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The 2012 GOP Race: The Men Behind the Men (and Woman)

As the GOP presidential nominating process begins to take shape, behind each candidate there emerges a cadre of consultants, managers, and strategists, some more prominent than others. And while we might not know for sure what kind of campaign each candidate plans to wage, we know a thing or two about the history of their more famous staffers. Here’s a look at some of the GOP candidates’ top aides, and what their past campaigns might reveal about their current playbooks.

Ed Rollins (Michele Bachmann): To many, Michele Bachmann’s pick of veteran Republican strategist Ed Rollins to run her campaign made perfect sense. The Tea Party queen’s brash but ever-smiling style meshes perfectly with Rollins’ notorious aggression and quotability. Indeed, if Rollins’ previous exploits are any indication, we may be in for quite a ride.

As early as 1981, while he was an advisor to Ronald Reagan, Rollins was making waves with his loose lips. That year, he boasted about pressuring Senator Roger Jepsen to vote for the sale of AWACS planes to Saudi Arabia, saying, “We just beat his brains out. We stood him up in front of an open grave and told him he could jump in if he wanted to.” Later, in 1993, he worked with Christie Whitman to clinch the New Jersey governorship. After Whitman won the race, Rollins gloated that he had spearheaded a campaign to suppress voter turnout in largely African-American communities by bribing ministers. When he was pressed on this claim later, his excuse was simply that he had lied. “The problem with politics today is people like Ed Rollins get far too much play,” he said, rather inexplicably. “This was an inside-the-Beltway bullshit game that I’ve become the victim of.”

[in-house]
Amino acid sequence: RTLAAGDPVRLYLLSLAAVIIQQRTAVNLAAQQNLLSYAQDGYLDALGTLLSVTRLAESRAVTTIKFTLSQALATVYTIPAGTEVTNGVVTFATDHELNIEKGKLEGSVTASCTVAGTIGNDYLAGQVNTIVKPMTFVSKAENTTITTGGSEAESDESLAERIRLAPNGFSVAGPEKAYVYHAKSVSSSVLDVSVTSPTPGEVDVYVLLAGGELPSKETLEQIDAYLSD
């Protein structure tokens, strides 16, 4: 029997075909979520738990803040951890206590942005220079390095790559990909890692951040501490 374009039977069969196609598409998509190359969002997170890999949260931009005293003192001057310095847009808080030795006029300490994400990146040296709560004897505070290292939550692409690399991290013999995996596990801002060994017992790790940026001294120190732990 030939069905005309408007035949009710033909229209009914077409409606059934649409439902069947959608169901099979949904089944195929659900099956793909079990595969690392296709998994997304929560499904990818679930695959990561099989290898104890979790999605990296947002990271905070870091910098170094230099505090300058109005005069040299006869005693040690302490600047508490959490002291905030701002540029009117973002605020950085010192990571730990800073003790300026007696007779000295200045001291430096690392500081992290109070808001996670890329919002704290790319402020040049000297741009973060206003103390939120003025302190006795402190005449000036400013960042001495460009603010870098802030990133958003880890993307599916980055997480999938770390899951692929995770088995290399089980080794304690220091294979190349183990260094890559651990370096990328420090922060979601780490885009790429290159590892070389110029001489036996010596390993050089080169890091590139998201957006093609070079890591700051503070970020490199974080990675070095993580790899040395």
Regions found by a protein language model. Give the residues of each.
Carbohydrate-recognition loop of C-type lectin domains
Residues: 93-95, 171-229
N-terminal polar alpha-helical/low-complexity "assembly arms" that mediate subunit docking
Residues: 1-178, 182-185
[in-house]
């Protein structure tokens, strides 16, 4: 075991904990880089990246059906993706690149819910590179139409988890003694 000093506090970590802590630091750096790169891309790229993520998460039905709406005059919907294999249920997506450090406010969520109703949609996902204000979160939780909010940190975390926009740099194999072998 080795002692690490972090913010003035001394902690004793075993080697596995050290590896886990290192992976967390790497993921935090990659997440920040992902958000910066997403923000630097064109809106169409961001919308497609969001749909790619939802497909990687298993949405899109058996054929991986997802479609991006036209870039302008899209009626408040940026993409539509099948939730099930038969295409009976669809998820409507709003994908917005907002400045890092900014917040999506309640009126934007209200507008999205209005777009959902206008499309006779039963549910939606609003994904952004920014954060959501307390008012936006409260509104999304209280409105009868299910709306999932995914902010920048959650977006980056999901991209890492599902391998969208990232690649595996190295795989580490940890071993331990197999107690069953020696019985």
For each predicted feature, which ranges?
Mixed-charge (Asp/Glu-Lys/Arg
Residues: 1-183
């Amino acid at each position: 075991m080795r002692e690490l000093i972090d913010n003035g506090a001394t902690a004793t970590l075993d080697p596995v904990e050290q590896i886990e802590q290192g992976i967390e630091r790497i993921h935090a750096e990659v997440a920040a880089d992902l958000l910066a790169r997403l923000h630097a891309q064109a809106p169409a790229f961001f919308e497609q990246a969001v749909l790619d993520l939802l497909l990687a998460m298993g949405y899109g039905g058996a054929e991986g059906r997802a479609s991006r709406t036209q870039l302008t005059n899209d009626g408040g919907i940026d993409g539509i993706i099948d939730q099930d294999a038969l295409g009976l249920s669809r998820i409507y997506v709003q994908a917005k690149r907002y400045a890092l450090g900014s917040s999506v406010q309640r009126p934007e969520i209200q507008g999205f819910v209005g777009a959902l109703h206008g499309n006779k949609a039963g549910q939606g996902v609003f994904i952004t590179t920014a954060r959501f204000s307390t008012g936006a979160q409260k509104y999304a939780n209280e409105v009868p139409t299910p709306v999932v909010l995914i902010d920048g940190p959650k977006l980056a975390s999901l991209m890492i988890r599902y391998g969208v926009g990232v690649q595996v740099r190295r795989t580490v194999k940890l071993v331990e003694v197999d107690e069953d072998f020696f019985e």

This time around, Rollins’ watchers seem unlikely to be disappointed. One of his first acts on behalf of Bachmann was to slam Sarah Palin on the Fox News radio show “Kilmeade and Friends” last week. “Sarah has not been serious over the last couple of years,” Rollins said. “She got the vice presidential thing handed to her.” He later went on to refer to the choice between Palin and Bachmann as essentially boiling down to two categories: “People are going to say, ‘I gotta make a choice and go with the intelligent woman who’s every bit as attractive.’ ” Paired with the outspoken Bachmann, this couple just might be a match made in heaven.

Nick Ayers (Tim Pawlenty): At just 28 years old, Nick Ayers is the wunderkind of Republican electoral politics. In his twenties and then lacking a college degree, “Most kids with his dossier are sleeping in their parents’ basements,” noted a 2009 TNR profile, which described him as an “unlikely leader” within the Republican party. In this sense, Ayers shares a thing or two with his charismatically-challenged candidate, who also is no doubt hoping he can pull off a surprise, meteoric rise.